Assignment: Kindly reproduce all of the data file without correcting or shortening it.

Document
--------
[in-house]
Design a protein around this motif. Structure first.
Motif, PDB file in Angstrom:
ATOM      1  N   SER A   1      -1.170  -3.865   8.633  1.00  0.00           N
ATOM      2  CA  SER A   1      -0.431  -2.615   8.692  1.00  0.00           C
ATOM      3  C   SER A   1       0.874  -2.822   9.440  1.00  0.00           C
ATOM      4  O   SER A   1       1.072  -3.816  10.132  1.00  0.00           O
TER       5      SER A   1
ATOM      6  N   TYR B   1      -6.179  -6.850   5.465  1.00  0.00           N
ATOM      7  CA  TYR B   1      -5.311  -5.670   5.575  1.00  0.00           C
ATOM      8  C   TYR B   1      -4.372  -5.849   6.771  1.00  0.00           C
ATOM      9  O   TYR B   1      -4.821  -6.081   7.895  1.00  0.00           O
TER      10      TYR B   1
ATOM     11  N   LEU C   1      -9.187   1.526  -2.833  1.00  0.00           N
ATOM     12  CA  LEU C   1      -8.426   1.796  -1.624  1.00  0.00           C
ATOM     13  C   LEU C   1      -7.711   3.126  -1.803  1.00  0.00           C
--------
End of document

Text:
[in-house]
Design a protein around this motif. Structure first.
Motif, PDB file in Angstrom:
ATOM      1  N   SER A   1      -1.170  -3.865   8.633  1.00  0.00           N
ATOM      2  CA  SER A   1      -0.431  -2.615   8.692  1.00  0.00           C
ATOM      3  C   SER A   1       0.874  -2.822   9.440  1.00  0.00           C
ATOM      4  O   SER A   1       1.072  -3.816  10.132  1.00  0.00           O
TER       5      SER A   1
ATOM      6  N   TYR B   1      -6.179  -6.850   5.465  1.00  0.00           N
ATOM      7  CA  TYR B   1      -5.311  -5.670   5.575  1.00  0.00           C
ATOM      8  C   TYR B   1      -4.372  -5.849   6.771  1.00  0.00           C
ATOM      9  O   TYR B   1      -4.821  -6.081   7.895  1.00  0.00           O
TER      10      TYR B   1
ATOM     11  N   LEU C   1      -9.187   1.526  -2.833  1.00  0.00           N
ATOM     12  CA  LEU C   1      -8.426   1.796  -1.624  1.00  0.00           C
ATOM     13  C   LEU C   1      -7.711   3.126  -1.803  1.00  0.00           C